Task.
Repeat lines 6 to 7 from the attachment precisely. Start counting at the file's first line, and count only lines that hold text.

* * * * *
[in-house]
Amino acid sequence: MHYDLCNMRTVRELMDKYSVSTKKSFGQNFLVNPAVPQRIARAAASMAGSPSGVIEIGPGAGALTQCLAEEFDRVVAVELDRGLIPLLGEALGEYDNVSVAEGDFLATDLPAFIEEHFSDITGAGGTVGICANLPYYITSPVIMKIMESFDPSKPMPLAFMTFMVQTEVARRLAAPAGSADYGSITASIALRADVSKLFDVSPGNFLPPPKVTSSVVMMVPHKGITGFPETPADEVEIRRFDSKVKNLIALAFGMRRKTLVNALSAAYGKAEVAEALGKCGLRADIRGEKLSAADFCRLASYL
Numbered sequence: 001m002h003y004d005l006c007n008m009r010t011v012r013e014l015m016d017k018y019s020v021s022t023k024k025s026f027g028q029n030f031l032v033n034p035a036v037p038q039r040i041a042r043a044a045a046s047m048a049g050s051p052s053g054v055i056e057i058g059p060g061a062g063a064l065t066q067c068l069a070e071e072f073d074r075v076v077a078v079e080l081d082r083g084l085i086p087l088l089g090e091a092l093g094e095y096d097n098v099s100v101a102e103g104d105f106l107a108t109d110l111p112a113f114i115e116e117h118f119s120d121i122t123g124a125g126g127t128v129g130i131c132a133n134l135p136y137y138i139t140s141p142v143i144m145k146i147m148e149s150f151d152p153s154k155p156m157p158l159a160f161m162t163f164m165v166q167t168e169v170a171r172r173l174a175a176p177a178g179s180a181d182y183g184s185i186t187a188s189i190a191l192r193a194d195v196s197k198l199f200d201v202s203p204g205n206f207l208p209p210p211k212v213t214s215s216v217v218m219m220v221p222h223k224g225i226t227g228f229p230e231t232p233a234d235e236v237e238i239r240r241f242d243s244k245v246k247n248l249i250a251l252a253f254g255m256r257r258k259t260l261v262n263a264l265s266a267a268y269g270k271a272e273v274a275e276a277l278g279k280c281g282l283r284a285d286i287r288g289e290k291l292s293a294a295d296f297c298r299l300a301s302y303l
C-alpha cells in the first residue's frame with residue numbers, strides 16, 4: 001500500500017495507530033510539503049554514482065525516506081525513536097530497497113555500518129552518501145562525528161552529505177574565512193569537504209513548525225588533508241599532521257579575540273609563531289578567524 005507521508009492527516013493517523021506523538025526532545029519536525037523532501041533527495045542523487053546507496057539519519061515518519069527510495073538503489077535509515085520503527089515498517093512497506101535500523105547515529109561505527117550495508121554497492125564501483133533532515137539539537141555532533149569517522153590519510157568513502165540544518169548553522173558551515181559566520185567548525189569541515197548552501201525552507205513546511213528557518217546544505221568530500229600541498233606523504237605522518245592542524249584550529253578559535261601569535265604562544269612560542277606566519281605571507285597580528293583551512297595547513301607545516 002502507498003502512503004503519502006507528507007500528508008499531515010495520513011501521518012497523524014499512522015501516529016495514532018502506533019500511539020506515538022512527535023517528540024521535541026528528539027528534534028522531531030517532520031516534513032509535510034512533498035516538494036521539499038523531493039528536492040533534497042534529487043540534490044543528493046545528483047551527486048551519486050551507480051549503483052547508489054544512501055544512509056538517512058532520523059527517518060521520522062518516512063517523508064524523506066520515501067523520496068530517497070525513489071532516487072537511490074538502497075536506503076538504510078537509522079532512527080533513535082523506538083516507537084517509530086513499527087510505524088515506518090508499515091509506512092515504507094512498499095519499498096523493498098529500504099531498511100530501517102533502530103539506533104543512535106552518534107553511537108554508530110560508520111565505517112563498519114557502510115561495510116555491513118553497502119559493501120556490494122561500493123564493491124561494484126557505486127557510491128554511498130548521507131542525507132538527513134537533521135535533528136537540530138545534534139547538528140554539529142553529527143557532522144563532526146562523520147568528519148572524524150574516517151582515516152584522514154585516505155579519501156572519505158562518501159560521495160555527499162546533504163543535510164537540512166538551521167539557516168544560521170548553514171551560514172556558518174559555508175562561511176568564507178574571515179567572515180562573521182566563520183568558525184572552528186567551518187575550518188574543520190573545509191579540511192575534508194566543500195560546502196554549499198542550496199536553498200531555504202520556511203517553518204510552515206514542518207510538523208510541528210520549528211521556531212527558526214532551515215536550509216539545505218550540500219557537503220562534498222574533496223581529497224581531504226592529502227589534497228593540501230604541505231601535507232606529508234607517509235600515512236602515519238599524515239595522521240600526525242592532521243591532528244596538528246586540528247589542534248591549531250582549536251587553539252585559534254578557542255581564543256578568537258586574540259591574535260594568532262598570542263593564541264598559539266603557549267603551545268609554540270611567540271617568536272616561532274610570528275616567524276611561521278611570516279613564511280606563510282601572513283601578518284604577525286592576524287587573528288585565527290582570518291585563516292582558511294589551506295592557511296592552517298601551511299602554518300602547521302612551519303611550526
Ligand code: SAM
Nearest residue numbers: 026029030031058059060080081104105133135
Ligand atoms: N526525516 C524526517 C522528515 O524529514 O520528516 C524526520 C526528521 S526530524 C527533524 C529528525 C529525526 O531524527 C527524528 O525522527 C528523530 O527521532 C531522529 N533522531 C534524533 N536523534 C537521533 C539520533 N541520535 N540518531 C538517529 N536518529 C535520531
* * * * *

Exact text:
Nearest residue numbers: 026029030031058059060080081104105133135
Ligand atoms: N526525516 C524526517 C522528515 O524529514 O520528516 C524526520 C526528521 S526530524 C527533524 C529528525 C529525526 O531524527 C527524528 O525522527 C528523530 O527521532 C531522529 N533522531 C534524533 N536523534 C537521533 C539520533 N541520535 N540518531 C538517529 N536518529 C535520531